Despite the fact that it has been heralded as a potential trillion dollar industry by the Clark administration  and several export licenses spanning decades have already been approved, B.C.’s planned LNG industry has received relatively little public criticism, whether from indigenous or colonial communities, as compared with other energy projects such as Enbridge’s Northern Gateway and Keystone XL pipelines. This has largely been attributed to the oxymoronic designation of LNG as the ‘cleanest burning fossil fuel’ (a highly contended assertion in itself; see: Focus on Fuel Pt. III), which seems comparatively harmless in contrast to the Enbridge heavy oil pipelines.

Others, such as Caleb Behn, a Dene warrior and subject of the forthcoming documentary Fractured Land, suggest different explanations for the silence emanating from indigenous communities regarding LNG projects, such as collusion between First Nation and provincial governments. Where corporate conglomerates, such as the Pacific Trails Pipeline Limited Partnership (PTP LP), see “tremendous support for [their] projects”, skeptics such as Behn see only misrepresentation.

“The presumption of homogeneity [in First Nation communities] is erroneous. Indigenous communities who sign [agreements such as those with the PTP LP] are normally indigenous governments that are recognized by Canada as a nation-state,” said Behn. “I think there is an error when you say indigenous ‘community’.  You’re really referring to the government and as all Canadians know, governments are sometimes not responsive, sometimes they’re constructed inappropriately [and] sometimes they’re in collusion with certain entities.”

Behn cites convoluted electoral systems in many First Nations communities, where simple majority votes are often efficacious in transforming indigenous governing structures at a fundamental level, as one of the primary reasons for the discrepancy between First Nations communities and their legal representatives.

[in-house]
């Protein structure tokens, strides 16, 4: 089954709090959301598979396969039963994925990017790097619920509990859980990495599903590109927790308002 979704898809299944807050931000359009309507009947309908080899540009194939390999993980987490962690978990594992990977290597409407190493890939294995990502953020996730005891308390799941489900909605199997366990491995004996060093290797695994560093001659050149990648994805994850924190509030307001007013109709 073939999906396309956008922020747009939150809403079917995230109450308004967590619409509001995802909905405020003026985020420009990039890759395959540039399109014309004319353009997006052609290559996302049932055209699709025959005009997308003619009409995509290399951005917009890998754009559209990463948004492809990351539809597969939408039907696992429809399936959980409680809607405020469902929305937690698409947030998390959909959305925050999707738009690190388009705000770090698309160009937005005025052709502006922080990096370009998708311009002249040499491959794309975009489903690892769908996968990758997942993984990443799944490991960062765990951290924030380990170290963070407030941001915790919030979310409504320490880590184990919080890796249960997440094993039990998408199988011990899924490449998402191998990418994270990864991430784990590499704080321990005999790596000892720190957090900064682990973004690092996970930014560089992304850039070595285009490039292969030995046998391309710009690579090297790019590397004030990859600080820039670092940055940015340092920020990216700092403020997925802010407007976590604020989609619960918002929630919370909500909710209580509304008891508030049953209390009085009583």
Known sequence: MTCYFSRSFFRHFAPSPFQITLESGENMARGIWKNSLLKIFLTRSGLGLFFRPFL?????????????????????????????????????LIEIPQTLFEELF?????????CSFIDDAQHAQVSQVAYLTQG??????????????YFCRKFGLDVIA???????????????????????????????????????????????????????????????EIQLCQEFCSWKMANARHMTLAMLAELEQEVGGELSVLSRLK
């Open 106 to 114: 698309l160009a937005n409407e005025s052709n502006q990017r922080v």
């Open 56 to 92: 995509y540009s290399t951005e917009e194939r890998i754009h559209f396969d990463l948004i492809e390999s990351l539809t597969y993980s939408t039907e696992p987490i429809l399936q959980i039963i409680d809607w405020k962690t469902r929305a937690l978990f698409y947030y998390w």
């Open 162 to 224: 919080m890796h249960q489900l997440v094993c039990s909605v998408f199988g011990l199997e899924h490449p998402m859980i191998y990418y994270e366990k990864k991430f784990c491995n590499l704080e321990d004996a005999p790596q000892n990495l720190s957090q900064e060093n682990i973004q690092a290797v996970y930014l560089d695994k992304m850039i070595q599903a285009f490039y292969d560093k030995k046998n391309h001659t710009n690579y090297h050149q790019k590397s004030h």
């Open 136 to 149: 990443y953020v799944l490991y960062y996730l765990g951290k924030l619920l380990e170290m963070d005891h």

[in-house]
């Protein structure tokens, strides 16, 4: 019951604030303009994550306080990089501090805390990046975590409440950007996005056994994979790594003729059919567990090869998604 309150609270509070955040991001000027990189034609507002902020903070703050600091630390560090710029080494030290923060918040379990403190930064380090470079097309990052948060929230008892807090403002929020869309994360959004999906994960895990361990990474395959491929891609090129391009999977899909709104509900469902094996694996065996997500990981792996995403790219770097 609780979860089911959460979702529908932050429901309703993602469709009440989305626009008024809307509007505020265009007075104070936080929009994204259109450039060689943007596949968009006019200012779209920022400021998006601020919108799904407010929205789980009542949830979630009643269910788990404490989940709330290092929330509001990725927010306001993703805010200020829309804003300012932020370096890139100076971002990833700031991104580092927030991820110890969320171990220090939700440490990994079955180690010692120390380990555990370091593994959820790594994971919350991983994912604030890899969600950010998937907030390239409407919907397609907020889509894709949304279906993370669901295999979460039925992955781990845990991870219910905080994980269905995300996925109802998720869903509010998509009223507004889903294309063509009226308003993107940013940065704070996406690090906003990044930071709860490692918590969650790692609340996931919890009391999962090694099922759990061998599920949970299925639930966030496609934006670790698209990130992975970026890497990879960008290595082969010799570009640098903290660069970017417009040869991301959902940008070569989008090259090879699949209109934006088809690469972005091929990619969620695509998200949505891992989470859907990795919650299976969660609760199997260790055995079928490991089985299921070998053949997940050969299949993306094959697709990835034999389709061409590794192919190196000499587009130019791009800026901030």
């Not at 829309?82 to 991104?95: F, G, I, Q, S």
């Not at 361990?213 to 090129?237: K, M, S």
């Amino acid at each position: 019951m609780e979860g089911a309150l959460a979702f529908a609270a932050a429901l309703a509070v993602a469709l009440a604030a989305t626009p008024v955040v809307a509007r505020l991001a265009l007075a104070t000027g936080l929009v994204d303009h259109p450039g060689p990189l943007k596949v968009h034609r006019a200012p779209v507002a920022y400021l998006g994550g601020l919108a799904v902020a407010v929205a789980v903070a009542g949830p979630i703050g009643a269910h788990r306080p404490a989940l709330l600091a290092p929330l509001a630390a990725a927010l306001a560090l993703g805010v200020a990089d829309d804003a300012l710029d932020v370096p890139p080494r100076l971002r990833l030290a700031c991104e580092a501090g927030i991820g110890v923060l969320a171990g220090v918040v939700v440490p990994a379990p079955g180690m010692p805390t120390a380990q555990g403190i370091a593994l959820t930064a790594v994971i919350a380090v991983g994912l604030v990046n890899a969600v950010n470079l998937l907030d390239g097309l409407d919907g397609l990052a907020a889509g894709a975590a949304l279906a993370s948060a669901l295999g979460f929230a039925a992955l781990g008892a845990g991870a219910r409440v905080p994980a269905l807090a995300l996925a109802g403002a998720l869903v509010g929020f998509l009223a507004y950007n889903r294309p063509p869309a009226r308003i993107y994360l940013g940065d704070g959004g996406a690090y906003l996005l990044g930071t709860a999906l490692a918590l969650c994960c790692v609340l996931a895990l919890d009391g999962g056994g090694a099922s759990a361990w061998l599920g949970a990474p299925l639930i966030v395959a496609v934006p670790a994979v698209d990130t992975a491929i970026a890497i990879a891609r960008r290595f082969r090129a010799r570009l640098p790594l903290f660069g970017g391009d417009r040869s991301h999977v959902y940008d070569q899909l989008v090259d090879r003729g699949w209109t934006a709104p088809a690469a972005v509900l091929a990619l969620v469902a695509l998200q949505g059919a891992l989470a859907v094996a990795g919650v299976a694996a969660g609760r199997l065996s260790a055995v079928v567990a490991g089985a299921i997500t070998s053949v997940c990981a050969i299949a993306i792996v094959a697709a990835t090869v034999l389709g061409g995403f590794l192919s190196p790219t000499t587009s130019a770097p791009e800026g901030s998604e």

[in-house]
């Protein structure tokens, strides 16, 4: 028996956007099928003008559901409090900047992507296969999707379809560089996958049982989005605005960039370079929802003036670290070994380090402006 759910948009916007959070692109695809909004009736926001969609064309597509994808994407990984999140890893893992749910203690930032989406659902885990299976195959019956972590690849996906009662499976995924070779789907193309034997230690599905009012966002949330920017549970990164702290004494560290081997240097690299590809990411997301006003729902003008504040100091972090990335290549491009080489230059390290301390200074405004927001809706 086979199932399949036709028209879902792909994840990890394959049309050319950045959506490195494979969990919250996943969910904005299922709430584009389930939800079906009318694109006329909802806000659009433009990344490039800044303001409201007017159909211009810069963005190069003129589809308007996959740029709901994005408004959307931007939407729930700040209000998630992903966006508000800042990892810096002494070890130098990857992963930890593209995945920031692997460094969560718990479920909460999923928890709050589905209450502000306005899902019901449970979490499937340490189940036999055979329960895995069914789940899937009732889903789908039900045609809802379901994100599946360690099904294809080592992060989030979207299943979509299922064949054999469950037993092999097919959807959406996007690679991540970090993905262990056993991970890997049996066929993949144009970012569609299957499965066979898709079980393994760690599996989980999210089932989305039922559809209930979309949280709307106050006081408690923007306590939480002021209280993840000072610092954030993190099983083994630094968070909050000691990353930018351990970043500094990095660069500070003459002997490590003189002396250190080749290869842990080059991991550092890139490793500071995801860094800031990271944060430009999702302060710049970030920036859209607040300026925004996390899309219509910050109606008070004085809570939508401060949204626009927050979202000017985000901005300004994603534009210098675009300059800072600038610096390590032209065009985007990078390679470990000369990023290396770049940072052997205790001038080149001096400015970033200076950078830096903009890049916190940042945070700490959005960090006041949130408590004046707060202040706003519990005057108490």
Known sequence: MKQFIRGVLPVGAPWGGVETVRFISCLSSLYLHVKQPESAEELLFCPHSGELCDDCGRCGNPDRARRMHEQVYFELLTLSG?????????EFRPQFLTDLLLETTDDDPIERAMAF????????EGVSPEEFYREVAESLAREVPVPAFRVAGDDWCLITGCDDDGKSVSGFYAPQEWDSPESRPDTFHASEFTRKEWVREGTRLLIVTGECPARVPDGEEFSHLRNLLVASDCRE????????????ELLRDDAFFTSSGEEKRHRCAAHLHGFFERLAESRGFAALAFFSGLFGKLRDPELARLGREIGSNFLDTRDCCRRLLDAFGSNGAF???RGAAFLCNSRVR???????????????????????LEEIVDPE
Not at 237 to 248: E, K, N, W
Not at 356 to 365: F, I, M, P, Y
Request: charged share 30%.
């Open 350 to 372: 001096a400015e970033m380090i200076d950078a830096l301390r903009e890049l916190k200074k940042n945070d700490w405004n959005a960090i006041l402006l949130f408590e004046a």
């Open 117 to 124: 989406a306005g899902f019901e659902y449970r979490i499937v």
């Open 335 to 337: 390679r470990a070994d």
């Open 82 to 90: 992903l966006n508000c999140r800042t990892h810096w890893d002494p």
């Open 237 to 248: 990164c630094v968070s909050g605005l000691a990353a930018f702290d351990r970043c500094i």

Nascent dissent

Although indigenous resistance to the Clark administration’s plans for a massive LNG industry in British Columbia has not manifested itself through violence after the precedent set in New Brunswick, this does not imply that resistance to LNG projects has been entirely absent in BC.

“What happened in Elsipogtog did not come out of nowhere. The movement to oppose fracking has been building in Atlantic Canada and there has been resistance to fracking in BC,” said a spokesperson with Rising Tide, a grassroots environmental group. “BC is very large and there is a bit of a north-south divide as far as sharing the stories of what is happening. “

These disparate resistance movements have assumed several wildly different, yet oddly complementary, forms with varying degrees of efficacy in exacting change to the Clark government’s proposed LNG regime, and all have been first and foremost peaceful acts of civil disobedience. Most recently, activists with Rising Tide Vancouver Coast Salish Territories set up a mock fracking rig on the front lawn of Christy Clark’s house to voice their indignation at the lack of indigenous consultation involved in planning these LNG projects. Despite the highly symbolic nature of the act, the rig was dismantled within minutes by area police and the activists dispersed without being able to affect any real change with regards to the proposed LNG industry.